Reed Smith Client Alerts

In Jacob v. Bloom Energy Corp.,1 the Delaware Court of Chancery granted a stockholder (Jacob) the right to inspect limited documents of Bloom Energy Corporation (Bloom or the Company) for the purpose of investigating misrepresentations in Bloom’s financial statements and the performance of its clean and sustainable energy technology. The inspection demand drew heavily from a thoroughly researched report published by a short seller, Hindenburg Research (the Hindenburg Report), which concluded that “Bloom’s technology is not sustainable, clean, green, or remotely profitable.” The court allowed inspection of board materials and electronic communications related to four separate categories, but denied inspection of emails and other electronic communications between board members. The court denied, however, the demand of a second stockholder (Bolouri), because the court found that Bolouri failed to properly demonstrate his beneficial ownership in the Company. This opinion demonstrates the precision with which the Court of Chancery will decide books-and-records demands.

Authors: Brian M. Rostocki Justin M. Forcier

Background

In September 2019, Hindenburg Research, an investment research firm with a focus on activist short-selling, published the Hindenburg Report, which documented an investigation into potential misrepresentations by Bloom. The Hindenburg Report concluded that:

(1) Bloom’s debt had reached ‘unsustainable levels’; (2) Bloom used deceptive accounting practices to hide servicing liabilities in its Master Servicing Agreements (MSAs); (3) Bloom inaccurately estimated the life of its fuel cells; (4) Bloom booked substantial write-downs in the pre-IPO period (where investors could not see the write-downs) while booking new revenue that improved the financials disclosed publicly in the IPO; and (5) Bloom was not a ‘clean’ energy company, placing the government subsidies it had garnered on that account in jeopardy.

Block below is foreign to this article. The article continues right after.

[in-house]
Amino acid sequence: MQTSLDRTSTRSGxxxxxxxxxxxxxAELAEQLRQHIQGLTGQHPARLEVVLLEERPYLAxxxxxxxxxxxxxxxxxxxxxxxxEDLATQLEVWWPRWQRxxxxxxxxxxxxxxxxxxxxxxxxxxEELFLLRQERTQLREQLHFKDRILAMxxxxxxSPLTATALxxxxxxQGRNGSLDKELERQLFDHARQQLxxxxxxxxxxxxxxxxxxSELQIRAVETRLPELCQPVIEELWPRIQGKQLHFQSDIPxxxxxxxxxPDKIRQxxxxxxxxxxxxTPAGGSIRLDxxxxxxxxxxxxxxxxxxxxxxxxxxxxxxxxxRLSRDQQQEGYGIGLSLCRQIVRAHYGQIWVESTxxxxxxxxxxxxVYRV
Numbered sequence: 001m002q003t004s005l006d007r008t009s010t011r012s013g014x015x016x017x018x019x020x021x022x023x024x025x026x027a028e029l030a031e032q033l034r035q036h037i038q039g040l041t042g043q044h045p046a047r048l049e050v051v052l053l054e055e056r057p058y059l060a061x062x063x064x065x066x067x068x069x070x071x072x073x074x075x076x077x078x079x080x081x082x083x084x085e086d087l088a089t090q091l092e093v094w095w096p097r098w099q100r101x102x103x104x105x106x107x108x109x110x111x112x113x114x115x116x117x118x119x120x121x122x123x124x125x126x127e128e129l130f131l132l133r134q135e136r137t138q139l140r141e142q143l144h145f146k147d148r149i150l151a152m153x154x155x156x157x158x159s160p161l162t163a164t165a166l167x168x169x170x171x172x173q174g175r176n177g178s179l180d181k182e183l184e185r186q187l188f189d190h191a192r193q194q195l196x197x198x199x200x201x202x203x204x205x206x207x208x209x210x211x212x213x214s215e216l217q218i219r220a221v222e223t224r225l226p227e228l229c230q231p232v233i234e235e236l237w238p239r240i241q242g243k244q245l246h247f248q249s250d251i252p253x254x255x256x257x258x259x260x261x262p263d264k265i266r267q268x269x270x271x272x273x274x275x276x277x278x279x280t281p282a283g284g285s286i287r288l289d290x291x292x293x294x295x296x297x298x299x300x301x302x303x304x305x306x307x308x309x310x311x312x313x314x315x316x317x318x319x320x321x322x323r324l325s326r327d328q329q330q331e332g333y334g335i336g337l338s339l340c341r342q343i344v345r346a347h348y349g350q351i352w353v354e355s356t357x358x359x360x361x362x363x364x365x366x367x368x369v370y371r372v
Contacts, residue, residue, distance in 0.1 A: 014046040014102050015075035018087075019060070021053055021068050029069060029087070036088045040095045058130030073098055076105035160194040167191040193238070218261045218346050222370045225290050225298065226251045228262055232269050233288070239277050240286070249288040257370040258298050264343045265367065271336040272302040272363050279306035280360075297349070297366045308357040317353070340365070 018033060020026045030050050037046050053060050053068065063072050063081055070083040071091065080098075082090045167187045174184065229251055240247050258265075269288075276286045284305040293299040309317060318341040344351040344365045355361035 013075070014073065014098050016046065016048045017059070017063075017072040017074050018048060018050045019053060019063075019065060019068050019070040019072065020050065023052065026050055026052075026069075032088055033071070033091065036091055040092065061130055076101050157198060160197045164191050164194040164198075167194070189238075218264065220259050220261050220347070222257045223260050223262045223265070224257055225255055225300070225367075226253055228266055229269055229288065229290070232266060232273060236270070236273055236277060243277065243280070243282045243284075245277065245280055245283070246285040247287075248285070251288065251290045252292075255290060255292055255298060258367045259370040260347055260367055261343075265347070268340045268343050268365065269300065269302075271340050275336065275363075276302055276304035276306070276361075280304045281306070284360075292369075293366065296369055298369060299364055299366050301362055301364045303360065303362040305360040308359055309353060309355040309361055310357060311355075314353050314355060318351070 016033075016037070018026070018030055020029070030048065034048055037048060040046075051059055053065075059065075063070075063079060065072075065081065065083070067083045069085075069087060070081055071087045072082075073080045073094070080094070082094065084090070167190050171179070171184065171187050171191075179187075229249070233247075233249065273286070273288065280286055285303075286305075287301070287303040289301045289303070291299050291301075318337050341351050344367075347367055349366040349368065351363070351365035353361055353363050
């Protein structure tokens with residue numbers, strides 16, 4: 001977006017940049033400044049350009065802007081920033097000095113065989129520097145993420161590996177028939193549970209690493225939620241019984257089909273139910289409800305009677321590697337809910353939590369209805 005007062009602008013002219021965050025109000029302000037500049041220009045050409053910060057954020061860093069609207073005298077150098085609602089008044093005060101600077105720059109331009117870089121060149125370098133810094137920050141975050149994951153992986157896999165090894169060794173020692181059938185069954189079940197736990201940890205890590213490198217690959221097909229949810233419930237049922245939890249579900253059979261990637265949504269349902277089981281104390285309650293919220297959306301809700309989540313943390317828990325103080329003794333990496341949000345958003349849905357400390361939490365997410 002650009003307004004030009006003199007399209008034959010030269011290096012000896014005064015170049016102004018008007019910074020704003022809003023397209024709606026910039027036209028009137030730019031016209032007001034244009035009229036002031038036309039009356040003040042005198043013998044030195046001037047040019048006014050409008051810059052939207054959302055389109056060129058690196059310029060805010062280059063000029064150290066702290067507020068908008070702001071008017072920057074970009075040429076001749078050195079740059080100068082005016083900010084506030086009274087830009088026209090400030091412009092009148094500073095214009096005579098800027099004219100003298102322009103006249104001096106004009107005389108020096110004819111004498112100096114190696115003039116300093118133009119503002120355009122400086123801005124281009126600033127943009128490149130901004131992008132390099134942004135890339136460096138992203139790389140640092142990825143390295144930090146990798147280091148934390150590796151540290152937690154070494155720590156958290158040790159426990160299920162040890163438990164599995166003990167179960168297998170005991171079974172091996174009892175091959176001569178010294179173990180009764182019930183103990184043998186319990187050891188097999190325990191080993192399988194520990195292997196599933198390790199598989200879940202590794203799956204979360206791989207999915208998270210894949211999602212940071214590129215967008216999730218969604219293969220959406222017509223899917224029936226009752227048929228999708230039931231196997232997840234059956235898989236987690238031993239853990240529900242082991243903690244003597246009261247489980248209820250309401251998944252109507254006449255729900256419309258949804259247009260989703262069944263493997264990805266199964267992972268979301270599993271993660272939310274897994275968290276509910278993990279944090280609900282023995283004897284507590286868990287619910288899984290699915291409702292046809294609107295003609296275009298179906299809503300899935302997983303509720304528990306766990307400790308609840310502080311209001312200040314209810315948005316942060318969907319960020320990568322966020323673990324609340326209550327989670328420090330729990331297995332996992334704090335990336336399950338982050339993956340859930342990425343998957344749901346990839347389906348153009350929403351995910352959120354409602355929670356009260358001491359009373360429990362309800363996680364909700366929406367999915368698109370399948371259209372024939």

In response to the Hindenburg Report, Bloom filed a Form 8-K with the Securities and Exchange Commission stating that certain previously issued financial statements were inaccurate because of an accounting error in connection with the MSAs. Bloom also advised it would revise how it accounts for certain revenues.

Following the Hindenburg Report and Bloom’s Form 8-K, Jacob and Bolouri each served separate demands for inspection of books-and-records on the Company. Each of the demands identified four categories of Bloom’s documents and stated that the purpose of those demands was:

(i) to investigate potential wrongdoing, mismanagement and breaches of fiduciary duties by management and the board of directors in connection with the circumstances described by the Hindenburg Report; (ii) to assess the ability of the board of directors to impartially consider a demand for action; (iii) to seek an audience with the board of directors to discuss potential reforms; and (iv) to take appropriate action in the event management and the board of directors did not properly discharge its duties.

The Company rejected those demands and both Jacob and Bolouri jointly filed an action under section 220 of the Delaware General Corporation Law (DGCL).